In terms of sensory properties as seen in Table 11, chosen jelly candy has comparable hedonic value in terms of texture and aroma compared to control candy. Meanwhile, it has a lower hedonic value in terms of color, taste, bitter aftertaste, and overall acceptability, which means that panelists still prefer jelly candy without the addition of guava leaves extract and peppermint essential oil. However, the chosen guava leaves jelly candy offers better functional properties, as it has antibacterial activity towards S. mutans with an inhibition diameter of 9.68 ± 0.54 mm, which can be categorized as mild active [51].


4. CONCLUSION

The best extraction solvent for the highest antibacterial activity of P. guajava L. leaves against S. mutans in sequential extraction was ethanol with MIC of 3,758.41 ppm, MBC of 15,033.62 ppm, yield of 60.87% ± 4.89%, total phenolic content of 355.0347 ± 10.8186 mg GAE/g extract, and total flavonoid content of 234.2960 ± 2.5074 mg QE/g extract. Guava leaves with 5 MIC ethanolic extract concentration and 0.25% peppermint essential oil concentration could be a potential antibacterial agent against S. mutans in jelly candy to prevent dental caries. It has an inhibition diameter of 9.68 ± 0.54 mm, with 3.80 ± 1.47 overall acceptability hedonic rating.


5. ACKNOWLEDGMENTS

The authors would like to acknowledge the Microbiology Laboratory and Quality Control Laboratory of Universitas Pelita Harapan for providing the necessary facilities.


6. CONFLICT OF INTEREST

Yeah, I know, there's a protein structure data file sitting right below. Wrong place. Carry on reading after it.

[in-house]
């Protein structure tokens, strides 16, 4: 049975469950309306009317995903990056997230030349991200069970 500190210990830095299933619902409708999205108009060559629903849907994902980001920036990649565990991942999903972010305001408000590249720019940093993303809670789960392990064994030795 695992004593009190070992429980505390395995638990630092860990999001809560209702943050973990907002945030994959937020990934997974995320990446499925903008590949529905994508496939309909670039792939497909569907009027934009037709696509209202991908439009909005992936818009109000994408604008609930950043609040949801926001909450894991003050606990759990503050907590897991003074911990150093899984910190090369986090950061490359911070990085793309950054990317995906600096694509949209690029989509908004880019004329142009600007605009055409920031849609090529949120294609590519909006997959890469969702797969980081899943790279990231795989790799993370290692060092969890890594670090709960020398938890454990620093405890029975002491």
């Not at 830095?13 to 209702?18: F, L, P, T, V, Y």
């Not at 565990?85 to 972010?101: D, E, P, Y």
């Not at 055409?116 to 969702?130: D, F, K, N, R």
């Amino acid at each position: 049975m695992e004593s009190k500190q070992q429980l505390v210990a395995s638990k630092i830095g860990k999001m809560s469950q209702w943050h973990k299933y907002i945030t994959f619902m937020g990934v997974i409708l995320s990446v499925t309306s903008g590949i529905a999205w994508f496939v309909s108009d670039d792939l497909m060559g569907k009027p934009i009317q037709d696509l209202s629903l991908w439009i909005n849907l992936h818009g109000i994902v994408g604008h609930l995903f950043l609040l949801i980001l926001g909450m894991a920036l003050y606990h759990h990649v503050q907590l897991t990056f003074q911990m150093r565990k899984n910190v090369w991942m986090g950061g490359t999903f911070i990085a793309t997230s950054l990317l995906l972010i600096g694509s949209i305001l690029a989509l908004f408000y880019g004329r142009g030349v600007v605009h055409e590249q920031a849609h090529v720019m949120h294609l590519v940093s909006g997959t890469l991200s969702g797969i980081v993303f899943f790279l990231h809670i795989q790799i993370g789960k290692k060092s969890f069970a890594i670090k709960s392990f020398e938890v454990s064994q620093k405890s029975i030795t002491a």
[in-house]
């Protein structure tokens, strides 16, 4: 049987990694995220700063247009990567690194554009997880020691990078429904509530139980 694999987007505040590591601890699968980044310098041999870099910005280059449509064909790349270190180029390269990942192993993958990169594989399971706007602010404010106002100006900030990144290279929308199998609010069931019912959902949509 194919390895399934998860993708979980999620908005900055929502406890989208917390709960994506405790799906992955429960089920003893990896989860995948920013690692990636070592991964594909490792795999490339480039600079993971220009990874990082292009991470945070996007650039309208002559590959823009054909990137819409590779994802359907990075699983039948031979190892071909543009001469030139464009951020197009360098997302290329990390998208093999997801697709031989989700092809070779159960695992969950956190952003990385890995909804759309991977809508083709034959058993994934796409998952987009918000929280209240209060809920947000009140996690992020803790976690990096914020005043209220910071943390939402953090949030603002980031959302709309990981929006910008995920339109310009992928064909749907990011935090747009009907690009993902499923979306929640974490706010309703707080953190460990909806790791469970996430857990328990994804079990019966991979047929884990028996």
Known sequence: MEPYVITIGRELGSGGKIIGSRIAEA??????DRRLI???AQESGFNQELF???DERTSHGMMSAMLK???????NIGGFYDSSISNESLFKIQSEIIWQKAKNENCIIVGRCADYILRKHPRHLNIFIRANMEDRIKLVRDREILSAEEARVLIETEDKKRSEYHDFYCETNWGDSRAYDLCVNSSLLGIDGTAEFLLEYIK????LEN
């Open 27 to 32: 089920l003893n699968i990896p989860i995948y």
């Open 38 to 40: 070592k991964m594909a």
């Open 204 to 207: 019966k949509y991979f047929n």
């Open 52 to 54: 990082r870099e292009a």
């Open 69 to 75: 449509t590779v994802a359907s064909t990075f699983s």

The authors declare that there are no conflicts of interest.


7. FUNDING

The authors would like to acknowledge the Center of Research and Community Development, Universitas Pelita Harapan, Indonesia, for financially supported this research through Research Project No. P-003-FaST/I/2020.


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20. Venkatachalam RN, Singh K, Marar T. Phytochemical screening and in-vitro antioxidant activity of Psidium guajava. Free Radic Antioxid 2012;2(1):31–6. CrossRef

21. Biswas B, Rogers K, McLaughlin F, Daniels D, Yadav A. Antimicrobial activities of leaf extracts of guava (Psidium guajava L.) on two gram-negative and gram-positive bacteria. Int J Microbiol 2013;2013:1–7. CrossRef

22. Bloomfield SF. Methods for assessing antimicrobial activity. In: Denyer SP, Hugo WB (eds.). Mechanisms of action of chemical biocides: their study and exploitation. Blackwell Scientific Publication, Oxford, UK, pp 256–8, 1991.

23. Hidayati L, Pereira OC. The quality evaluation of bilimbi jelly candy. Adv Soc Sci Educ Humanit Res 2017;12:89–92.

24. Nielsen S. Food analysis. Springer, London, UK, 2010.

25. Charoen R, Savedboworn W, Phuditcharnchnakun S, Khuntaweetap T. Development of antioxidant gummy jelly candy supplemented with Psidium guajava leaf extract. Int J Appl Sci Technol 2015;8(2):145–51. CrossRef

26. Purba CF, Sinaga H, Nurminah M. Effect of ratio of moringa leaves juice with pineapple juice and arabic gum on the quality of jelly candy. Indones J Agric Res 2018;1(2):162–71. CrossRef

27. Chuku EC. Proximate composition of guava leaves (Psidium guajava L.) and associated field fungi. Niger J Mycology 2009;2(1):65–70.

28. Jassal K, Kaushal S. Phytochemical and antioxidant screening of guava (Psidium guajava) leaf essential oil. J Agric Res 2019;56(3):528–33. CrossRef

29. Tsai ML, Wu CT, Lin TF, Lin WC, Huang YC, Yang CH. Chemical composition and biological properties of essential oils of two mint species. Trop J Pharm Res 2013;12(4):577–82. CrossRef

30. Ngo TV, Scarlett CJ, Bowyer MC, Ngo PD, Vuong QV. Impact of different extraction solvents on bioactive compounds and antioxidant capacity from the root of Salacia chinensis L. J Food Qual 2017;2017:1–8. CrossRef